The research, carried out by the automotive consultancy GfK Automotive, shows that more British motorists are scrapping breakdown coverage and keeping their cars for longer.
The organisation surveyed 4,270 motorists in the study and found that a third said they were more likely to put off buying a new car for at least one year because of the stagnant economic conditions. According to GfK Automotive, this will cost the industry over £1bn.
As well as shifting attitudes towards the purchasing of new vehicles, 5% of those interviewed are ditching existing breakdown cover and 25% have changed their insurance provider to reduce premiums. All this is predicted to cause long-lasting and widespread damage to the industry.
The study also found that over half of the respondents cut their car use in the last 12 months, with one in 10 increasing car sharing as a way to spread costs of running their cars. Despite all this, there is one cause to be a little more cheerful: more motorists are going to their local independent garages as opposed to dealerships to get their cars fixed.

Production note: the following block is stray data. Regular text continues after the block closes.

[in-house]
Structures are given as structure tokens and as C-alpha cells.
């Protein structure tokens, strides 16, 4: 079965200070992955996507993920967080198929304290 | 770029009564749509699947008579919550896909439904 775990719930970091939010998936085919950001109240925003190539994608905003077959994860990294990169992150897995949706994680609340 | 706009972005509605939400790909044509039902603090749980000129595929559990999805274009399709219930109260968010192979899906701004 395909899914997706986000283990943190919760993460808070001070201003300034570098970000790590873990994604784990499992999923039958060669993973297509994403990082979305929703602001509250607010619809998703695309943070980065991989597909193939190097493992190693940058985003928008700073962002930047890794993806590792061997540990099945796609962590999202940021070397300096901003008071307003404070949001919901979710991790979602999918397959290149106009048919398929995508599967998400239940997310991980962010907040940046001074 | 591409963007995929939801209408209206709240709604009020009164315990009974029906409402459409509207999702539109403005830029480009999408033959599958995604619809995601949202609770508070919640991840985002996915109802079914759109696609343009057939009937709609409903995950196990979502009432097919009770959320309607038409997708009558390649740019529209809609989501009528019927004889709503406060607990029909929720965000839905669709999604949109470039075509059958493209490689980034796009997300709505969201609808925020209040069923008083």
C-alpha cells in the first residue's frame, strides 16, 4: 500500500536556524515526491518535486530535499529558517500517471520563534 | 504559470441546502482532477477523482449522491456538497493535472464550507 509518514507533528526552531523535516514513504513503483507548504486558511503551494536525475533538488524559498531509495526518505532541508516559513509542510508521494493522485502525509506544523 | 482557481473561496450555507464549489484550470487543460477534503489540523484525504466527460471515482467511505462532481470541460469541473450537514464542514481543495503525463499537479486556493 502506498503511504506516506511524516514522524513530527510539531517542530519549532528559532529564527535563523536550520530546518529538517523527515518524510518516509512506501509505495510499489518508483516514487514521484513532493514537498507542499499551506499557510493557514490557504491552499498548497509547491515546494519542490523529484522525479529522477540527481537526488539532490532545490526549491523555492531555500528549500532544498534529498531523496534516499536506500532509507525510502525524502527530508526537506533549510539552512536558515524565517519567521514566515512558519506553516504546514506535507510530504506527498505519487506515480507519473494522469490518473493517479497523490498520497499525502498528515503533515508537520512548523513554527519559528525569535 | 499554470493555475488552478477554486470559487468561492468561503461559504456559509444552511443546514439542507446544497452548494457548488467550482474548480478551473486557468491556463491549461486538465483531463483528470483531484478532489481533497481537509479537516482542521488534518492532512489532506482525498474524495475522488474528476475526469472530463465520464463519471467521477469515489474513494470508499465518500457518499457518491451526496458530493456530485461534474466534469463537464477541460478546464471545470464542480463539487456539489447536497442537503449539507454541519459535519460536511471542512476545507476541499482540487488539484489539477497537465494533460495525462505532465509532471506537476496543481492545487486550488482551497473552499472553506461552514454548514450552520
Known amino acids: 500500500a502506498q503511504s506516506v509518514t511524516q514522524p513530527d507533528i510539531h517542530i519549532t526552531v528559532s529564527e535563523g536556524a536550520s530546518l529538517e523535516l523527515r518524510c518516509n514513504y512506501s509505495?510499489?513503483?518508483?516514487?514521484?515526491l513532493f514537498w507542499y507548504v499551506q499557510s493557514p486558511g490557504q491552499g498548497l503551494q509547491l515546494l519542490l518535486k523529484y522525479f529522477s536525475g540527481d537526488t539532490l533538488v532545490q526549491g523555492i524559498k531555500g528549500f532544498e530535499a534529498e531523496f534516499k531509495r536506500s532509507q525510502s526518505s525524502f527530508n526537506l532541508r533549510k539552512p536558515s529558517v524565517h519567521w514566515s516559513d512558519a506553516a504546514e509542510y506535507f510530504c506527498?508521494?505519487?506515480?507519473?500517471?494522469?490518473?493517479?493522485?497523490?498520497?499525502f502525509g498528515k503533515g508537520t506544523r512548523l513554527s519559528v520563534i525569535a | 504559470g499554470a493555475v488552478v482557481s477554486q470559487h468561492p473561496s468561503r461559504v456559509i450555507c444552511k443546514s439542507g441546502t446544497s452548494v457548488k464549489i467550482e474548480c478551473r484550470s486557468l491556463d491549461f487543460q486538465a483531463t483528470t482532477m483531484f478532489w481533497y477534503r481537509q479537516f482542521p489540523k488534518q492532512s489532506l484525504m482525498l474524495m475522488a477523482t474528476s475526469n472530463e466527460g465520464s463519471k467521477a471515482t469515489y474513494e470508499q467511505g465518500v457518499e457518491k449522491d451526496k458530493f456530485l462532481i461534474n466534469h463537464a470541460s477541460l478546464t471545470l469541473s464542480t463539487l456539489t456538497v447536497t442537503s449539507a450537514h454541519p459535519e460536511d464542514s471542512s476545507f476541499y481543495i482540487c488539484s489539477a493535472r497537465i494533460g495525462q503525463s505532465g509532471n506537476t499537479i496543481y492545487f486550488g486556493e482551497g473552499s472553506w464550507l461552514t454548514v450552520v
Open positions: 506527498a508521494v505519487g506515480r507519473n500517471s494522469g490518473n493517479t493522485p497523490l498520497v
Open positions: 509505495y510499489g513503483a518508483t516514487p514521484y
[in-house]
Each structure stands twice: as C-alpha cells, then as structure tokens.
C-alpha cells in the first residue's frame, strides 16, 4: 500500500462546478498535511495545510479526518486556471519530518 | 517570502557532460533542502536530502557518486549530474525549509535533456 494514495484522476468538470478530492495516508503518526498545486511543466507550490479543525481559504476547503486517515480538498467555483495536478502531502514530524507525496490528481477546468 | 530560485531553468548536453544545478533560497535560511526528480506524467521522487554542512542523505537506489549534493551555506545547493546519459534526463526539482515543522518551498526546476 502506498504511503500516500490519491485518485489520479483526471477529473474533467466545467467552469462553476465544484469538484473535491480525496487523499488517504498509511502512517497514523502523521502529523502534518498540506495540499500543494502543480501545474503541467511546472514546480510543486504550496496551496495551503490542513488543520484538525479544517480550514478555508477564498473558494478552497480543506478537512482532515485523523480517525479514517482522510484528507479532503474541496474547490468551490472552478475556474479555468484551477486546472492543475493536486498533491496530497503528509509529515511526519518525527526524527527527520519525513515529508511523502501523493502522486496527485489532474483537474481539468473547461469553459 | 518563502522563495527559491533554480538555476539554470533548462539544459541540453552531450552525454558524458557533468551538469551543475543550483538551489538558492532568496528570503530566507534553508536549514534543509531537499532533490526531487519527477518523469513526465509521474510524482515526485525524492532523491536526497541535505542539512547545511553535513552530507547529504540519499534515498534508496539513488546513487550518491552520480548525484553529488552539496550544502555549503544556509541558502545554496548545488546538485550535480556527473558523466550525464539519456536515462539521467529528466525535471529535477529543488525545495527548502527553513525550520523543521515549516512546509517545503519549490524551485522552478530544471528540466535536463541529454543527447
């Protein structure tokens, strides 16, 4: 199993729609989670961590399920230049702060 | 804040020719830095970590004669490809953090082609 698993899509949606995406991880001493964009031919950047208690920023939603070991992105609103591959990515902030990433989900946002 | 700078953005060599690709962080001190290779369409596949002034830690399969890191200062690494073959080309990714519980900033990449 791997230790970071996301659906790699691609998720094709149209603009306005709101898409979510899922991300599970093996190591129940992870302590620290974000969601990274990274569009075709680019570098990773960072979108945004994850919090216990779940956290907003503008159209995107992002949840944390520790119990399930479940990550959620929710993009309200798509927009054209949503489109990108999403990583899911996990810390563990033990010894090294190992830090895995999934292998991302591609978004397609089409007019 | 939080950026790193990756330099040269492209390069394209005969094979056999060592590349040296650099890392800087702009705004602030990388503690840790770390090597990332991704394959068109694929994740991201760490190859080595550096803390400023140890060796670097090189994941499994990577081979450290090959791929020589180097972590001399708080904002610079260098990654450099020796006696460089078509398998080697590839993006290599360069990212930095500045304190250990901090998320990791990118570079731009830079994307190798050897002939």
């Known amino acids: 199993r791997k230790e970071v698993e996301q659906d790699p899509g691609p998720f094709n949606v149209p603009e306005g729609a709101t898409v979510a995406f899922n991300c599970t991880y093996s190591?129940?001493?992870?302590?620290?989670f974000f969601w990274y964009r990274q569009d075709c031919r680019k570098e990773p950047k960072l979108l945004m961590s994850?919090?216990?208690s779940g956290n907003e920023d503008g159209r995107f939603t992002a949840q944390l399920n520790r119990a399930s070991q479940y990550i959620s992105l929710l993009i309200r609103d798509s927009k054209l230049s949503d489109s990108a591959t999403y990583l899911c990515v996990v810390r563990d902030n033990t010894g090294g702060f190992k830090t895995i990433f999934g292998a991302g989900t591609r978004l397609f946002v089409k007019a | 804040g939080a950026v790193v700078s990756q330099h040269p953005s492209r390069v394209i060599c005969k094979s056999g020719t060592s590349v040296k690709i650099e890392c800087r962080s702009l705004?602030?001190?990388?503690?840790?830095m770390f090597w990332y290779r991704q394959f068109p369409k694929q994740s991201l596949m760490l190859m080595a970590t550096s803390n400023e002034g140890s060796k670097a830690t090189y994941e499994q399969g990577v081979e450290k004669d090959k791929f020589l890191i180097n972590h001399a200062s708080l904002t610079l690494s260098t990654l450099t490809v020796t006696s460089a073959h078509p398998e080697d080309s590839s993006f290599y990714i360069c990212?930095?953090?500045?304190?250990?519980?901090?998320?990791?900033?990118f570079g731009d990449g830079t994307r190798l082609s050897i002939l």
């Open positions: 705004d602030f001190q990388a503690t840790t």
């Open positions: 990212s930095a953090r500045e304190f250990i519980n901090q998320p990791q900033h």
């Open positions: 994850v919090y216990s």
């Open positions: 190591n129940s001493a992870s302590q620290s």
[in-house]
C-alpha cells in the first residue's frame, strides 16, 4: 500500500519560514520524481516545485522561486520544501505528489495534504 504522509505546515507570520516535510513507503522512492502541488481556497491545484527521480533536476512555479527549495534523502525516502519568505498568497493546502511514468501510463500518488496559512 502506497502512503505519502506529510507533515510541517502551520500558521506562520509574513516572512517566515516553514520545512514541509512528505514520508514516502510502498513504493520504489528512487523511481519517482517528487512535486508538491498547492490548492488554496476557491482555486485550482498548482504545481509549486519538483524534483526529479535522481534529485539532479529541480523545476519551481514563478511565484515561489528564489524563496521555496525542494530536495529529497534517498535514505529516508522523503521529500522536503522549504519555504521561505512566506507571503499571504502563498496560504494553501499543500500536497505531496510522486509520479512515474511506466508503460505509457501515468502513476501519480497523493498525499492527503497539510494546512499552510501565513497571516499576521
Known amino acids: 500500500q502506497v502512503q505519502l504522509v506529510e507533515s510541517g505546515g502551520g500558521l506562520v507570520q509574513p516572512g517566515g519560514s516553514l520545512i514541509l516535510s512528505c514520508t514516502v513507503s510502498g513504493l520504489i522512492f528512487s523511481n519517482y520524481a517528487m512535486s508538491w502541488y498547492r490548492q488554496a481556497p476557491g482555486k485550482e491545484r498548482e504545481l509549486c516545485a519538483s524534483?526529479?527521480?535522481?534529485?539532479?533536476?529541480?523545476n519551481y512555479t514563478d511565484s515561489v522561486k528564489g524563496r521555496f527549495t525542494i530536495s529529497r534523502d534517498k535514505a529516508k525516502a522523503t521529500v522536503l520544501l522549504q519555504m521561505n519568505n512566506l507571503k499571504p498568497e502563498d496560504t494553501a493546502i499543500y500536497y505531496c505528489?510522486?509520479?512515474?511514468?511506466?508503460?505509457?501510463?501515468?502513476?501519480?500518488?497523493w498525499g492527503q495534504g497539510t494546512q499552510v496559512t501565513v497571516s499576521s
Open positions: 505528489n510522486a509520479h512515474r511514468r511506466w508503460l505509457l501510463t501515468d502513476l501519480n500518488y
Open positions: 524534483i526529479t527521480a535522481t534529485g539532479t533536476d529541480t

Francisco Lopez of GfK Automotive said: “It is no longer the case that people will simply purchase a second-hand car instead of a new one – many consumers are putting off all major car purchases altogether.”
“Additionally, they are looking to reduce their car budgets in associated areas such as insurance premiums. All of these things take money out of the sector, further weakening it and threatening jobs,” he added.